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Describe how debits and credits are used to analyse transactions - Accountancy

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Long Answer

Describe how debits and credits are used to analyse transactions

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Debit originated from the Italian word debito, which in turn is derived from the Latin word debeo, which means ‘owed to proprietor’ and credit comes from the Italian word credito, which is derived from the Latin word credo, which means belief, i.e., ‘owed by proprietor’.

According to the dual aspect concept, all the business transactions that are recorded in the books of accounts, have two aspects- debit and credit.

The dual aspect can be better understood by the help of an example; bought goods worth Rs 500 on cash.

This transaction affects two accounts with the same amount simultaneously.

As goods are brought in exchange of cash, so the cash balances in the business reduce by Rs 500, i.e. why the cash account is credited. Simultaneously, the amount of goods increases by Rs 500, so purchases account will be debited.

Debit and credit depend on the nature of accounts involved; such as assets, expenses, income, liabilities and capital.

There are five types of Accounts:

1. Assets- These include all properties or legal rights owned by a firm for its operations, such as cash in hand, plant and machinery, bank, land, building, etc.

All assets have debit balance. If assets increase, they are debited and if assets decrease, they are credited.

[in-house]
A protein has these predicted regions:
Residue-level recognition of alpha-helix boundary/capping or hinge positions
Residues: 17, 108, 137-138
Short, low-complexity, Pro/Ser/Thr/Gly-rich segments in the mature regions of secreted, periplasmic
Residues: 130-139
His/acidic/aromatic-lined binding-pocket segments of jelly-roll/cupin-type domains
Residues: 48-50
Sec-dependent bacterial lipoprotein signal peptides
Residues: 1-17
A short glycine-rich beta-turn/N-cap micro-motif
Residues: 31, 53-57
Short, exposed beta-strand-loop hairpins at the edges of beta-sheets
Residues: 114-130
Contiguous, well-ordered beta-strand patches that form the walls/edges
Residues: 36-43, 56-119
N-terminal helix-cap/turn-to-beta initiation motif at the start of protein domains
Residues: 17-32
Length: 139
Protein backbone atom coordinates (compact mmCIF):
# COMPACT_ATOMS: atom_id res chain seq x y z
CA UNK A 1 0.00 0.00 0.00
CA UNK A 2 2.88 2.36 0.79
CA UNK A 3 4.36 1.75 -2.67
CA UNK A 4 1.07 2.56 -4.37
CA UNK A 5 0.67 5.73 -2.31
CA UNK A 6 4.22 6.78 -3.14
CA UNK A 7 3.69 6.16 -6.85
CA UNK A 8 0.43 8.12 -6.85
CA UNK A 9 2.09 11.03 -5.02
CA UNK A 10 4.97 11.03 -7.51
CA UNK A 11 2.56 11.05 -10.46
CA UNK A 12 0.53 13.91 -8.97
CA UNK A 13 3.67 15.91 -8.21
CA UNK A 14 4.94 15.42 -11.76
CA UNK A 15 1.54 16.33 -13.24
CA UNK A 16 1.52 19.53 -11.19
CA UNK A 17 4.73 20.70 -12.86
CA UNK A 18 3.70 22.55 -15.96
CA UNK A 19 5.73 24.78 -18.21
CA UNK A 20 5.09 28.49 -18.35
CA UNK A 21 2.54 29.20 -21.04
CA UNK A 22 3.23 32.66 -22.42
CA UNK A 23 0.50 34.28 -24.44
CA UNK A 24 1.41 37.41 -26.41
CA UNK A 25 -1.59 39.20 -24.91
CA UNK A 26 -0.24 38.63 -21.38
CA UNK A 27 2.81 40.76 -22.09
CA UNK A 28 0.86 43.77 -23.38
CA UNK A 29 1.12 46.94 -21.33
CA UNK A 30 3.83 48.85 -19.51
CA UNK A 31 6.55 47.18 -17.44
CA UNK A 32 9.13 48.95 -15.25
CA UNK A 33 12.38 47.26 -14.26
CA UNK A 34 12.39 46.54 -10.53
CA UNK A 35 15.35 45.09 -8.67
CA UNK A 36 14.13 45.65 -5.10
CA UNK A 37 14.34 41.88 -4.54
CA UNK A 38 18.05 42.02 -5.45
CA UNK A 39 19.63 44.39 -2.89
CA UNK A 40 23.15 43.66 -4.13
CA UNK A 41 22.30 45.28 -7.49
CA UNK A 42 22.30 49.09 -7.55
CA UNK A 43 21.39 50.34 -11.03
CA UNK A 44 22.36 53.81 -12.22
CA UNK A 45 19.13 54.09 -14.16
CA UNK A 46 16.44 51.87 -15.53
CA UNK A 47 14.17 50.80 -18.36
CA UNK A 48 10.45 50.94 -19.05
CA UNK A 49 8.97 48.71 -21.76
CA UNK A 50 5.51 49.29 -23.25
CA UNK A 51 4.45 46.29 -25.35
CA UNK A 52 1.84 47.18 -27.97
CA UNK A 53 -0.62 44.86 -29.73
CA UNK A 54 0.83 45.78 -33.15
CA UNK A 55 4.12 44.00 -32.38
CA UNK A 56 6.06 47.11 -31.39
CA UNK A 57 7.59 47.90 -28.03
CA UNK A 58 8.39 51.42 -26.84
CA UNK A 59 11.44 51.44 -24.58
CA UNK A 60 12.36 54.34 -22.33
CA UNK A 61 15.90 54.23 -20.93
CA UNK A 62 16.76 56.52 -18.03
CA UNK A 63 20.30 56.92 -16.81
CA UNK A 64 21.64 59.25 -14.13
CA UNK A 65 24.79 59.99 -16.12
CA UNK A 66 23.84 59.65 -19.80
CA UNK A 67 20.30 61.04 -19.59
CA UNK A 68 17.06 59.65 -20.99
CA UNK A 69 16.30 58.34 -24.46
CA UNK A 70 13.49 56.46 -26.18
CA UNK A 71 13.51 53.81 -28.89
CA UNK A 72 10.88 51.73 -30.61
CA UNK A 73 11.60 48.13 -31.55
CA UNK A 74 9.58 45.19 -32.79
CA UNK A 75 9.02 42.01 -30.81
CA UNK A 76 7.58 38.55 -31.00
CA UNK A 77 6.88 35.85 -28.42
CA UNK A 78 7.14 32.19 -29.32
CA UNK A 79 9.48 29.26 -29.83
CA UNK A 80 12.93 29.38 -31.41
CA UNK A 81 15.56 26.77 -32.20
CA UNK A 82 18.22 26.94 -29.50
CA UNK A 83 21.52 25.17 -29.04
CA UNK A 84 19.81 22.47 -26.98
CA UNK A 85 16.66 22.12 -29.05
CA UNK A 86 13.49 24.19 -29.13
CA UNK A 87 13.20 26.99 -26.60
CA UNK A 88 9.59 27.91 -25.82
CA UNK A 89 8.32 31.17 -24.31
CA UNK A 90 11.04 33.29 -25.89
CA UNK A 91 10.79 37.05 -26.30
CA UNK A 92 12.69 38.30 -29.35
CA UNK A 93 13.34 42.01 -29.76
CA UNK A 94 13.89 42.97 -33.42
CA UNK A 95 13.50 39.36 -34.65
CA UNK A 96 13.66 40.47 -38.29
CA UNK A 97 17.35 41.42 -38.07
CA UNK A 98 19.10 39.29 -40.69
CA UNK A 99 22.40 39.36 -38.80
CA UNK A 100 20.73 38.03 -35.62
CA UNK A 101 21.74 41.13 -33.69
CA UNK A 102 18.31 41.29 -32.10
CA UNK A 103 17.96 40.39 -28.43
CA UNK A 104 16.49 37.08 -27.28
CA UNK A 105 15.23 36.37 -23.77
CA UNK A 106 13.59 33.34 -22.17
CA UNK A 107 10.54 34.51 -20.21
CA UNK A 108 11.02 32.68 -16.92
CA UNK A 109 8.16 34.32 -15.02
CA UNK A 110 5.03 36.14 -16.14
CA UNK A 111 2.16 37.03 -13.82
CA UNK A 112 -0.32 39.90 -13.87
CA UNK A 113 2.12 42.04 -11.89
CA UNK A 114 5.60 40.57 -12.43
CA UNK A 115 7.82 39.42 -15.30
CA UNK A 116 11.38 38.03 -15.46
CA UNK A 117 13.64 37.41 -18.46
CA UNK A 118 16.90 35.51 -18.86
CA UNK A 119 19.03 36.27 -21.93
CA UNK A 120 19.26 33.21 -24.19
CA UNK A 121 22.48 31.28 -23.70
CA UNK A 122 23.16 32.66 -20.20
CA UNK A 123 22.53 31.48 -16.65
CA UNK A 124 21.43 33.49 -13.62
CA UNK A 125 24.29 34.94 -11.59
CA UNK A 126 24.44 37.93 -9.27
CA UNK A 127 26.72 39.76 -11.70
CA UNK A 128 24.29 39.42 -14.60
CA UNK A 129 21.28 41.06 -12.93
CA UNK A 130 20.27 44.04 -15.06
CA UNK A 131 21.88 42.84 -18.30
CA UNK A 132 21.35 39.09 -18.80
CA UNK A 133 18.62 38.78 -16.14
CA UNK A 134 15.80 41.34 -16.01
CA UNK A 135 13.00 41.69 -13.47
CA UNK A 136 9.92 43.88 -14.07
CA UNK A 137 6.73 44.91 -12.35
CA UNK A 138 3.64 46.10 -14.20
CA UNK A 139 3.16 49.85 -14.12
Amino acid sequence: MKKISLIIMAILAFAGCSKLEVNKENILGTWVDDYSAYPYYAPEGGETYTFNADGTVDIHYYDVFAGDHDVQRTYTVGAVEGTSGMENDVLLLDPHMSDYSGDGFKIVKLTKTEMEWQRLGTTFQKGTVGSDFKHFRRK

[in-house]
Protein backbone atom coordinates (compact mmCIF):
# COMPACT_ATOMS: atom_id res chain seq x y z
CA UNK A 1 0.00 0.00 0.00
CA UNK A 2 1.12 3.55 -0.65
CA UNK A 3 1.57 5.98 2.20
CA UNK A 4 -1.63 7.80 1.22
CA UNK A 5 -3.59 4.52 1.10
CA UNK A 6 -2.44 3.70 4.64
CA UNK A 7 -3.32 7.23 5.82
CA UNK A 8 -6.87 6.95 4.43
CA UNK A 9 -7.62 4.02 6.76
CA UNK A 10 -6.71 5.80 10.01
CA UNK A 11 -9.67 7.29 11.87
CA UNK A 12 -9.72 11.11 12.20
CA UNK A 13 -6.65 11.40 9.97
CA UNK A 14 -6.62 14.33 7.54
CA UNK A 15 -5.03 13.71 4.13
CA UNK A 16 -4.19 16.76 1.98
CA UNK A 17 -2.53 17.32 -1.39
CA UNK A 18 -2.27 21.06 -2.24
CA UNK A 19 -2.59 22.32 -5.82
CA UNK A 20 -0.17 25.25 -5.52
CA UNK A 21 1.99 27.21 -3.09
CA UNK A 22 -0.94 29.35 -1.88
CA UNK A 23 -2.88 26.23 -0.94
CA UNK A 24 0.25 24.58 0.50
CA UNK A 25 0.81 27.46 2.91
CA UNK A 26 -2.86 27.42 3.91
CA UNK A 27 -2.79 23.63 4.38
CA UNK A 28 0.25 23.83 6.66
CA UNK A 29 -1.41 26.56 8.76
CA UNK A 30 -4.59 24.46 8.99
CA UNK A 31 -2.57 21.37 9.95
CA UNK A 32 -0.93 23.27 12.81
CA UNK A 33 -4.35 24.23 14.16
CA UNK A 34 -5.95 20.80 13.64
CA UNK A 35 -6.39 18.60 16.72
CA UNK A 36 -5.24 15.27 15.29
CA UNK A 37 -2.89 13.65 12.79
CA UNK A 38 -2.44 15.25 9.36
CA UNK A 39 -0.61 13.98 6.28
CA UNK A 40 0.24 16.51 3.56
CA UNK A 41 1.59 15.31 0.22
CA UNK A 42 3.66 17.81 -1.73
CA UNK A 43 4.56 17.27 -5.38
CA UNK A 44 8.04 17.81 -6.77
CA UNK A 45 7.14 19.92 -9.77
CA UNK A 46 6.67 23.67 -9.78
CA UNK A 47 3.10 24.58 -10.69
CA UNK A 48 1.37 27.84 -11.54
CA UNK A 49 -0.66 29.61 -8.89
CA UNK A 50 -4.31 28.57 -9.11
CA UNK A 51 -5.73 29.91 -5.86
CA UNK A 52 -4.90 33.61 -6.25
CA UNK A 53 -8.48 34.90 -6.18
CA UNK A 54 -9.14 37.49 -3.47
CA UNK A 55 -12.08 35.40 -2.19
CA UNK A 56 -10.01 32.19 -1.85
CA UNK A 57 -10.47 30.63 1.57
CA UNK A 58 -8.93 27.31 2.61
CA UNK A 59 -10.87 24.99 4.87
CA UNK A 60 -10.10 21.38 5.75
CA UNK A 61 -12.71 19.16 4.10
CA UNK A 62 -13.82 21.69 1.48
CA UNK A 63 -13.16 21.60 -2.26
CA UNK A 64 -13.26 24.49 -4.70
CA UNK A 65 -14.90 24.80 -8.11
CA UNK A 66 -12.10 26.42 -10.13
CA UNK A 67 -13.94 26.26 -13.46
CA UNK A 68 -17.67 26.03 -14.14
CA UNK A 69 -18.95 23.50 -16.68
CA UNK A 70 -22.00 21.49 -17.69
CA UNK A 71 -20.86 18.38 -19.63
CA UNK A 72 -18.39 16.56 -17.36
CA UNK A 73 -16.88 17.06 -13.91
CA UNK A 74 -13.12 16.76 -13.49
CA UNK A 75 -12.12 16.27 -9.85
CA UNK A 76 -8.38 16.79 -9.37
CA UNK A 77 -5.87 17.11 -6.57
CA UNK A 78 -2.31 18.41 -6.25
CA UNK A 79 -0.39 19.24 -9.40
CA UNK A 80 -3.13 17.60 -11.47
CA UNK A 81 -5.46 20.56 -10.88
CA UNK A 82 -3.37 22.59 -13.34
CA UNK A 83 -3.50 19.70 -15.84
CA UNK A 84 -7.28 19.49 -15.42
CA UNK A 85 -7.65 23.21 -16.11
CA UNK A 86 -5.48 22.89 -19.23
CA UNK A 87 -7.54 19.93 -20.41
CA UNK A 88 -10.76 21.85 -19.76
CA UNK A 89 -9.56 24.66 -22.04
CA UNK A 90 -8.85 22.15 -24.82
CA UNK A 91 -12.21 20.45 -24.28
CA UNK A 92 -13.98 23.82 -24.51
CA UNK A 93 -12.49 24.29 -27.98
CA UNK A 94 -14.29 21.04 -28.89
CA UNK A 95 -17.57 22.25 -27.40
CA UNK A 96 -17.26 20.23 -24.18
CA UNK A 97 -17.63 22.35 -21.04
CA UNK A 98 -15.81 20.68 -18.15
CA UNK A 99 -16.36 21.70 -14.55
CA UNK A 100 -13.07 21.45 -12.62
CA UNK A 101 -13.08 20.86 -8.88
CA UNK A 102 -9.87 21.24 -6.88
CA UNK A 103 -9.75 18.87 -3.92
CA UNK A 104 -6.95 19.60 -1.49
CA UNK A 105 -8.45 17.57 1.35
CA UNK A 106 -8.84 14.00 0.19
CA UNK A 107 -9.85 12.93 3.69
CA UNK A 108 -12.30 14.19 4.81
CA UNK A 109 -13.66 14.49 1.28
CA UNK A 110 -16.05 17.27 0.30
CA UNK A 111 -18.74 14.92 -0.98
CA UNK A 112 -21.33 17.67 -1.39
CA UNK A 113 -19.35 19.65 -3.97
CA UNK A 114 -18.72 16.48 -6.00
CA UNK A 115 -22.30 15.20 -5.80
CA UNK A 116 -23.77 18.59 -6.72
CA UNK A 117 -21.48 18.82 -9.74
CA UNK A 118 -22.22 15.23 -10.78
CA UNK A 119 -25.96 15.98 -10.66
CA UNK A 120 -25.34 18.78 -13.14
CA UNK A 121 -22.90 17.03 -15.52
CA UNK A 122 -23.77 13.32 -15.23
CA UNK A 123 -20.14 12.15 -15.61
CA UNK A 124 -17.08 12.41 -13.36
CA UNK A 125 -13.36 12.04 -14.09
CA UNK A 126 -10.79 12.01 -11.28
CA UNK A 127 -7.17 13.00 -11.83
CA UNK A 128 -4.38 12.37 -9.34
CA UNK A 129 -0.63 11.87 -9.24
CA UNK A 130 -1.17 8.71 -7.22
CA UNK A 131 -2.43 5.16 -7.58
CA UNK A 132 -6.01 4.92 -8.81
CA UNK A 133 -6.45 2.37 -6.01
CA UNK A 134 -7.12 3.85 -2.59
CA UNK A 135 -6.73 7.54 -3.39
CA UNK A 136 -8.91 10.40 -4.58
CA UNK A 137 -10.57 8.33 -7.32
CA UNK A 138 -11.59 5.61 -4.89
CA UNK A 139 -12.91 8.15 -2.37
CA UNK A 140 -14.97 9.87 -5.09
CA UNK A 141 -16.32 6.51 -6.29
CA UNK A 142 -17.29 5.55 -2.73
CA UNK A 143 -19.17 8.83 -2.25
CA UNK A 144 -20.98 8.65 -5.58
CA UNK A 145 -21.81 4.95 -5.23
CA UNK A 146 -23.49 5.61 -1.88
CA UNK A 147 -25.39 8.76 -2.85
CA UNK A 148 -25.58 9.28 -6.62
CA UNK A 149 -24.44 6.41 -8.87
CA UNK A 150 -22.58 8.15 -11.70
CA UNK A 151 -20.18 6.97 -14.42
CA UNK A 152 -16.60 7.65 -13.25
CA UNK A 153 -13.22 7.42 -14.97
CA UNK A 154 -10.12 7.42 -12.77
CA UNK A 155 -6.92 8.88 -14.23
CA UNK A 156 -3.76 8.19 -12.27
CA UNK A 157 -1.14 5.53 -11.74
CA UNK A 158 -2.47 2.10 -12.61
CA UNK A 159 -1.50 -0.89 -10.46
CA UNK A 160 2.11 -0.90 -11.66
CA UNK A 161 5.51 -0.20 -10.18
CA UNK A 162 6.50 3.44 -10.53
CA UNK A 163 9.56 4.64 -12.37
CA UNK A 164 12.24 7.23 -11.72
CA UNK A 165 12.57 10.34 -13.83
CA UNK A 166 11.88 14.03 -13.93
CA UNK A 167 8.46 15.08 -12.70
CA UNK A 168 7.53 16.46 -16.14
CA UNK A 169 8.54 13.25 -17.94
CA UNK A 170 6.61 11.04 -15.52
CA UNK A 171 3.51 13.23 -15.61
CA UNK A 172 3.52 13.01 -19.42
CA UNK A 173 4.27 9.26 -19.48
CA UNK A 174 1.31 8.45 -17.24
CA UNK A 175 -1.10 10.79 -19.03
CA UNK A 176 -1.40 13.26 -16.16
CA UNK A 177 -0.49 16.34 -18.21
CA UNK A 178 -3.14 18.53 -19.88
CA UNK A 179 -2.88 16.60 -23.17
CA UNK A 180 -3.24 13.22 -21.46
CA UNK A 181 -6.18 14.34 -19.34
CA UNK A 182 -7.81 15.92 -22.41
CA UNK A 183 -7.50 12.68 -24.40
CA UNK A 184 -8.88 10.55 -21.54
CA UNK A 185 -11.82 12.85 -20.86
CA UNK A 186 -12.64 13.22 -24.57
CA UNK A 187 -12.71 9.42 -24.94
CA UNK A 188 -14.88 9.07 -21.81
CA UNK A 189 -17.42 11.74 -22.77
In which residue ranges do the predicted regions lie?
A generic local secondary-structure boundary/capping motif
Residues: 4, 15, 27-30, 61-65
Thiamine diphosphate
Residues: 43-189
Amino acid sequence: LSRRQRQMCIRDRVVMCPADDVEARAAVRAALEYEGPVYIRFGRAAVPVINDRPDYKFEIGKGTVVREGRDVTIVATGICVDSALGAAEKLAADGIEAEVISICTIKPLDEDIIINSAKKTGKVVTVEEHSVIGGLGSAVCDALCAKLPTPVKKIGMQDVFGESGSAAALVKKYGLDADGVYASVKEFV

For example, furniture purchased and payment made by cheque.

The journal entry is:

Furniture A/c Dr.
To Bank A/c

Here, furniture and bank balance, both are assets to the firm.

As furniture is purchased, so furniture account will increase, and will be debited.

On the other hand, payment of furniture is being made by cheque that reduces the bank balance of the business, so bank account will be credited.

2. Expense- It is made to run business smoothly and to carry day to day business activites.

All expenses have debit balance.

If an expense is incurred, it must be debited.

For example, rent paid.

The journal entry is:

Rent A/c Dr.
To Cash A/c

Here, rent is an expense. All expenses have debit balance.

Hence, rent is debited. On the other hand, as rent is paid in cash that reduces the cash balances, so cash account is credited.

3. Liability- Liability is an obligation of business.

Increase in liability is credited and decrease in liability is debited.

For example, loan taken from bank.

The journal entry is:

Bank A/c Dr.
To Bank Loan A/c

Here, loan from bank is a liability to the firm.

As all liabilities have credit balance, so loan from bank has been credited because it increases the liabilities.

4. Income- Income means profit earned during an accounting period from any source.

Income also means excess of revenue over its cost during an accounting period.

Income has credit balance because it increases the balance of capital.

For example, rent received from tenant.

The journal entry is:

Cash A/c Dr.
To Rent A/c
Here, rent is an income; hence, rent account has been credited and cash has been debited, as rent received increases the cash balances.

5. Capital- Capital is the amount invested by the proprietor in the business.

Capital has credit balance.

Increase in capital is credited and decrease in capital is debited

For example, additional capital introduced by owner.

The journal entry is:

Cash A/c Dr.
To Capital A/c

As additional capital is introduced, so the amount of capital will increase, i.e. why, capital account is credited.

On the other hand, as capital is introduced in form of cash, so the cash balances decrease, i.e. why, cash account is debited.

Concept: Recording of Transactions 1
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NCERT Accountancy Financial Accounting 1 Class 11
Chapter 3 Recording of Transactions - I
Questions for practice | Q 2 | Page 88
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